Saturday Sports Q&A: Lyons done coaching, returns to Rochester to begin life's next chapter

Dan Lyons, a 2003 Century grad who played 12 years of pro baseball, is almost done playing. He has also stepped aside from coaching to take a job in the business world in Rochester.

Rochester native Dan Lyons, shown here during the 2015 season, played professional baseball for 12 yeas, including the last eight with the Long Island Ducks of the Atlantic League. Lyons, who will turn 38 in August, has returned to Rochester after three years as a college baseball assistant coach. He is now working for Zynex Medical in Rochester.
Contributed file photo
We are part of The Trust Project.

Dan Lyons is a 2003 Century High graduate who will turn 38 in August. He helped lead Century to the 2003 Class AA state baseball championship, then the Rochester A’s American Legion team to the state and national championships that summer. Lyons played two years of junior college ball at Iowa Central Community College and two years at the University of Minnesota. He also excelled with the Rochester Honkers during his college years and later was drafted by the Washington Nationals. He played four years of minor-league baseball for the Nationals and then spent eight more years with the independent Long Island Ducks before getting into coaching. He recently landed a job in Rochester and will be getting married this coming week. He sat down for this week's Saturday Sports Q+A:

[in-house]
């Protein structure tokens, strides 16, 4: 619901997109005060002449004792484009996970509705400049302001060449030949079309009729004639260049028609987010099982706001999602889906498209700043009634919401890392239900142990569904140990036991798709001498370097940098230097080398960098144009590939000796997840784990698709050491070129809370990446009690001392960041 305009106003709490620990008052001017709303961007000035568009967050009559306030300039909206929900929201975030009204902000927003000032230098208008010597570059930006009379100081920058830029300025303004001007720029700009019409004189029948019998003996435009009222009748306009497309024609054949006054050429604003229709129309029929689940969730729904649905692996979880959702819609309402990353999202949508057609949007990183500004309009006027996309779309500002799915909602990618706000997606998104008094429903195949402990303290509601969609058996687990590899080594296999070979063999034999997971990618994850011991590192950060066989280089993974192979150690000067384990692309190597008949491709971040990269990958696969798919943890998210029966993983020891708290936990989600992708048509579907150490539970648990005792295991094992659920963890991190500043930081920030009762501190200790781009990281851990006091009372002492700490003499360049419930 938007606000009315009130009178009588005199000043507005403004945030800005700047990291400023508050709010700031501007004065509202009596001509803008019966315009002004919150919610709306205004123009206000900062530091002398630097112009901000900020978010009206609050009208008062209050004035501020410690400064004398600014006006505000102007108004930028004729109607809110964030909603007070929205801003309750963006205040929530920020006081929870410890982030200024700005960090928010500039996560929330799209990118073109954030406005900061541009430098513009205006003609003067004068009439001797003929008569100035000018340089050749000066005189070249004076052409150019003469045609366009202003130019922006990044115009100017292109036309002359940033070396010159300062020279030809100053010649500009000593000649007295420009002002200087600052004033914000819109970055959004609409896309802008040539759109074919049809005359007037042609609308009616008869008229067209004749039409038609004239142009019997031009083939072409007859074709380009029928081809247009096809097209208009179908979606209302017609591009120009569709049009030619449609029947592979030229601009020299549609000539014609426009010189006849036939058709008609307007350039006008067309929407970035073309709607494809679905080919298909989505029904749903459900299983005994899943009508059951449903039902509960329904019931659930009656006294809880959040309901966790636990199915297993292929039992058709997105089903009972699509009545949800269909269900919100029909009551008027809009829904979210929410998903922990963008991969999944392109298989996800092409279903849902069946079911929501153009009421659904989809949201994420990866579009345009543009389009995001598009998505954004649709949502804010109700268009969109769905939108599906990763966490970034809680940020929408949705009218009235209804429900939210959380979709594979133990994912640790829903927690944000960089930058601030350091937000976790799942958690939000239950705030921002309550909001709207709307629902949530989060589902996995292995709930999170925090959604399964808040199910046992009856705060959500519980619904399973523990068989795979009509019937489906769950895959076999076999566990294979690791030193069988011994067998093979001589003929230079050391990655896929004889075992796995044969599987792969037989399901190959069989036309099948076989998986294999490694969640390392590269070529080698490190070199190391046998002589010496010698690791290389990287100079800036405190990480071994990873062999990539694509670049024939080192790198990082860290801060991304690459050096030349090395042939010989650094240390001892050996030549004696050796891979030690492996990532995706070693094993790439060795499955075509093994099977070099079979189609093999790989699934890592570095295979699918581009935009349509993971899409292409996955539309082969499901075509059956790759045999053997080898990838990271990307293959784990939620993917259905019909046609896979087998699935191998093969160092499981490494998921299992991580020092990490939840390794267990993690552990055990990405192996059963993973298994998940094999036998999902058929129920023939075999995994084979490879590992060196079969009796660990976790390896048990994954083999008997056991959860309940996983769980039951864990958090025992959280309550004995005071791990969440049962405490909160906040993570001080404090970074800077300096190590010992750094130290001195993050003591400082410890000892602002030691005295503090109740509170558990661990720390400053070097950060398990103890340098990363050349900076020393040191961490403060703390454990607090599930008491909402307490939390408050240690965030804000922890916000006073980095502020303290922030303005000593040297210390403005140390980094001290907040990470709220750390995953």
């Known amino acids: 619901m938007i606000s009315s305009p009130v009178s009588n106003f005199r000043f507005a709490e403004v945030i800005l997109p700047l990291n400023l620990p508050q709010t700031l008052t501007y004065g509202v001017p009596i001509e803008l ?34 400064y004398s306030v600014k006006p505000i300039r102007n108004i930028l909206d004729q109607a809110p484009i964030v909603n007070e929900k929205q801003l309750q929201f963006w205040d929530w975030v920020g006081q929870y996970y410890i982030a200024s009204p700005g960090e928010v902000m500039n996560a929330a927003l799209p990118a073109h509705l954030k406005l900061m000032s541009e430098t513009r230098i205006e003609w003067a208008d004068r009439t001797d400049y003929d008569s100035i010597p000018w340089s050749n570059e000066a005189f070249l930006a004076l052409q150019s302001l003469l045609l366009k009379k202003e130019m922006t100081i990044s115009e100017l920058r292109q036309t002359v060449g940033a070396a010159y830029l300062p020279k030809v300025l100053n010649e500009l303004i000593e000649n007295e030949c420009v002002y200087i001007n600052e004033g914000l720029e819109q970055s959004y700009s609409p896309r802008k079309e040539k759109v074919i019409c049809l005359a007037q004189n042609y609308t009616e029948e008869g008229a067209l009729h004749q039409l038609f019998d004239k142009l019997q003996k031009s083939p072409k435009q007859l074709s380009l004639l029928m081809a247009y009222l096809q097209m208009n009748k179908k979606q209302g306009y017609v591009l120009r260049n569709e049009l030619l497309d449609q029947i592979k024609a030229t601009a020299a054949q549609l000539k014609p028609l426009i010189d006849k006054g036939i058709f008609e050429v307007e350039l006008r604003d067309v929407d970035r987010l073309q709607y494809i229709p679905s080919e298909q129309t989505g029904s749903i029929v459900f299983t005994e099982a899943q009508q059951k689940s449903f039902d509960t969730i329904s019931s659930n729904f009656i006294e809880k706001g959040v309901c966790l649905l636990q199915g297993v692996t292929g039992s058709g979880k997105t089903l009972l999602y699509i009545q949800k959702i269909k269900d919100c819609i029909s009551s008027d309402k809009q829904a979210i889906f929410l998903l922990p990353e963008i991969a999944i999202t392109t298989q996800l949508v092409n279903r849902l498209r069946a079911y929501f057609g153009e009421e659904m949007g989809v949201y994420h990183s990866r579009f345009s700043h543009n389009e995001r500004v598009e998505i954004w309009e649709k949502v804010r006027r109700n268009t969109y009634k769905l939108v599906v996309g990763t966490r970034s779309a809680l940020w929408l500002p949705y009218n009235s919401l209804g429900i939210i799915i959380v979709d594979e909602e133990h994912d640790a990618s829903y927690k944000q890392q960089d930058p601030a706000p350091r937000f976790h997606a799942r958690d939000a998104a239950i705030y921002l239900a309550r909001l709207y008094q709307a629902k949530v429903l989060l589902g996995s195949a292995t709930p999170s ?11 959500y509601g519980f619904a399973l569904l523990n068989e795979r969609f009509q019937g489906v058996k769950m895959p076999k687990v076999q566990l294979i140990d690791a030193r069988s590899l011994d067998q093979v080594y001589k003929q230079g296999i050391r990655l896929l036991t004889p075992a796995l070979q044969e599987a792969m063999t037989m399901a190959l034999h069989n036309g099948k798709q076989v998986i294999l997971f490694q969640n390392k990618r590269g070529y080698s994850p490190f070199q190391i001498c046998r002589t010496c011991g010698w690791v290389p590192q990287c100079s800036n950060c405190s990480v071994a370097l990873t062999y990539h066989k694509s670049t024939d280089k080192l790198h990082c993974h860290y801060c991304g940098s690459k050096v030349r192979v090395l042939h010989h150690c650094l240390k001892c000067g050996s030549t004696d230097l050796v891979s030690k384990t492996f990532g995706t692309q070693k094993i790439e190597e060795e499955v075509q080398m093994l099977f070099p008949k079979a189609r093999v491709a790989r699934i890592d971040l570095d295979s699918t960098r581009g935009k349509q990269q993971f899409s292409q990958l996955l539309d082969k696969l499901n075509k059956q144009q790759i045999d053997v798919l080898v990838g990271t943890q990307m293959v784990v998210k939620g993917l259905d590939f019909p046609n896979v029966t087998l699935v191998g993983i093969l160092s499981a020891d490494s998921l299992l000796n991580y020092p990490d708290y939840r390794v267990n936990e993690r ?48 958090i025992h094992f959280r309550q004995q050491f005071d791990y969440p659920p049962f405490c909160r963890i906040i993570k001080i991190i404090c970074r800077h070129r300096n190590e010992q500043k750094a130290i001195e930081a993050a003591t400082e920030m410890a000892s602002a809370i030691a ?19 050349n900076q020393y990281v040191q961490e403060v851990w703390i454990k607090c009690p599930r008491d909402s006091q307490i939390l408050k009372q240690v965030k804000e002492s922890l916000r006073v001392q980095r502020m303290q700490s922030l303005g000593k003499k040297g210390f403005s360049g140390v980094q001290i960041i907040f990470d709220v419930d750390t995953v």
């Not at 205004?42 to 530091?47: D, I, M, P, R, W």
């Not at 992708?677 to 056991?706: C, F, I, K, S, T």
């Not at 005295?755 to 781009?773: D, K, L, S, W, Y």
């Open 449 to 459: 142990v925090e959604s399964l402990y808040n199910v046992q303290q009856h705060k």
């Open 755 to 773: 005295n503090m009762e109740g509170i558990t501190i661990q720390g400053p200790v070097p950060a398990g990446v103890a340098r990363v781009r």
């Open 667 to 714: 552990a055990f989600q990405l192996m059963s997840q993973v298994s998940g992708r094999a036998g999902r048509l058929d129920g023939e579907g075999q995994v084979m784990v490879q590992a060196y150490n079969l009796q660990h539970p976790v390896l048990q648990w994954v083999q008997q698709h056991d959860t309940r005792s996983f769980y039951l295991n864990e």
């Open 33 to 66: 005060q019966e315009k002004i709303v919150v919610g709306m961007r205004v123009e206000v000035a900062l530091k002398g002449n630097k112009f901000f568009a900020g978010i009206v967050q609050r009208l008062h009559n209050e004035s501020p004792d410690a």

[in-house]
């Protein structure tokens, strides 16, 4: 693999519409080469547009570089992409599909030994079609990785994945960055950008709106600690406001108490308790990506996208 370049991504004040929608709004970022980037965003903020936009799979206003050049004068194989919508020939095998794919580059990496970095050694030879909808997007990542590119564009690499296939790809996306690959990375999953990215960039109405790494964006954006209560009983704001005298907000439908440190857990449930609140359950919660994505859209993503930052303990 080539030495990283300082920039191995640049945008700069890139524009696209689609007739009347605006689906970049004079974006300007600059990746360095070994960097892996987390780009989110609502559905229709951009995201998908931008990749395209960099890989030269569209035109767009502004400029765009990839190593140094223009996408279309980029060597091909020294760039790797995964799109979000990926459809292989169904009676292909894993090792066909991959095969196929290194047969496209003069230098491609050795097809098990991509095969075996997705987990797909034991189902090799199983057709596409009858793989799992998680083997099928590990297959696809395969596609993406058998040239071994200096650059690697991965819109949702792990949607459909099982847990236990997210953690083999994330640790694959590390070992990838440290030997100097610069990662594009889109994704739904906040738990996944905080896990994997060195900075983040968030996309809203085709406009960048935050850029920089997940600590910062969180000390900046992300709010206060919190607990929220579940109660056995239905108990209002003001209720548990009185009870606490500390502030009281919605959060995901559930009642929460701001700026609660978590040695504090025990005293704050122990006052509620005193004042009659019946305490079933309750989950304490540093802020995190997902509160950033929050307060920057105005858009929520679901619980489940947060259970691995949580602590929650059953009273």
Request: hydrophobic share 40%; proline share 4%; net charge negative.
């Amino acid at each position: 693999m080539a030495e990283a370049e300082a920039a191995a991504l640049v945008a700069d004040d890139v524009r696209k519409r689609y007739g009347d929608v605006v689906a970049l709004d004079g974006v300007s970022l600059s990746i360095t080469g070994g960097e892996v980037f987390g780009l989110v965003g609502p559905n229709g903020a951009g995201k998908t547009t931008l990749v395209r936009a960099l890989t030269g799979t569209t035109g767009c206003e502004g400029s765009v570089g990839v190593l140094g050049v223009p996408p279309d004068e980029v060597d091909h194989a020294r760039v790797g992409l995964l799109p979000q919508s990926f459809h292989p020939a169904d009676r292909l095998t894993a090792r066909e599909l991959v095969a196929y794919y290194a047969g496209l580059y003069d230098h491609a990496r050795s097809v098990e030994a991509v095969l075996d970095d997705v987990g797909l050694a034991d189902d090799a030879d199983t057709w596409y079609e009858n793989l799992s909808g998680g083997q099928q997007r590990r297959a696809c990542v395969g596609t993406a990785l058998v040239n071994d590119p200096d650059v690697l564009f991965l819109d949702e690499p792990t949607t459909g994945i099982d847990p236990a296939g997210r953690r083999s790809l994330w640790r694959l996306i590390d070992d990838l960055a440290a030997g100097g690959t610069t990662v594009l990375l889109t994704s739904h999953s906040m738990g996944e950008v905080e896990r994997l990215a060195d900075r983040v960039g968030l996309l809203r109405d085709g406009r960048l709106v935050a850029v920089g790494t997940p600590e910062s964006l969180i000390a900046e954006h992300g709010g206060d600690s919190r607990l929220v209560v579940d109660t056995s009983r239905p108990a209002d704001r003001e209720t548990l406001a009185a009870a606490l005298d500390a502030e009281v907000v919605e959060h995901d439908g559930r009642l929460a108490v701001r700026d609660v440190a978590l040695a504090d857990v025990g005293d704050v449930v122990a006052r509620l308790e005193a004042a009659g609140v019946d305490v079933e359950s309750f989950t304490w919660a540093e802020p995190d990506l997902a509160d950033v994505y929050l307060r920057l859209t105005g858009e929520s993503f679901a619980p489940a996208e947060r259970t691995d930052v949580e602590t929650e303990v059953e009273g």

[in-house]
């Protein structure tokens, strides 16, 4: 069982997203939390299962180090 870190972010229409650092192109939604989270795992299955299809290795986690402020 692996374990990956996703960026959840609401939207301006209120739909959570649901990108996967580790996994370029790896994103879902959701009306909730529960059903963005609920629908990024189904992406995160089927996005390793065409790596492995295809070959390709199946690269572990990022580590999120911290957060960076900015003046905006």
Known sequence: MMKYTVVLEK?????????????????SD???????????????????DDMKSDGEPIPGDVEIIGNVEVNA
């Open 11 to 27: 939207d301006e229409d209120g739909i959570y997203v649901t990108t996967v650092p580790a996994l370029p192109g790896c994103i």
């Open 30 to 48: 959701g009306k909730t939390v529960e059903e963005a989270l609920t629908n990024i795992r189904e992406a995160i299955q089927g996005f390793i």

Post Bulletin: You are back in Rochester, how did that come about?

Dan Lyons mug
Dan Lyons

Dan Lyons: I was down in Alabama, coaching at University of West Alabama, and I am getting married next week, so I was just looking to the future. Coaching, at least as an assistant coach, as far as making money and providing for a family, just wasn’t in the cards. I enjoyed what I was doing, but it just wasn’t going to be able to work. I was able to find a great opportunity with a job back here, my fiancee was able to get a teaching job in the school district here so everything sort of worked out to come back to Rochester.

PB: Where do you work now?

Lyons: I’m a territory manager for Zynex Medical, which is a medical device company. It’s basically within the southeast Minnesota area. It’s a sales job, I’m basically a rep for our area. I drive around, I talk to doctors and physical therapists, different providers trying to have them write prescriptions for our devices.


PB: Do you ever want to get back into coaching, or do you want to move on?

Lyons: No, I think I want to move on from it. I did enjoy it. The money wasn’t great, (and) amount of time coaches have to put into what they’re doing, especially on weekends and late nights with games and practices, going back to getting married and having a family, being a coach doesn’t really allow for that.

PB: You’re playing (amateur baseball) for the Rochester Royals this season. Is playing something that still appeals to you?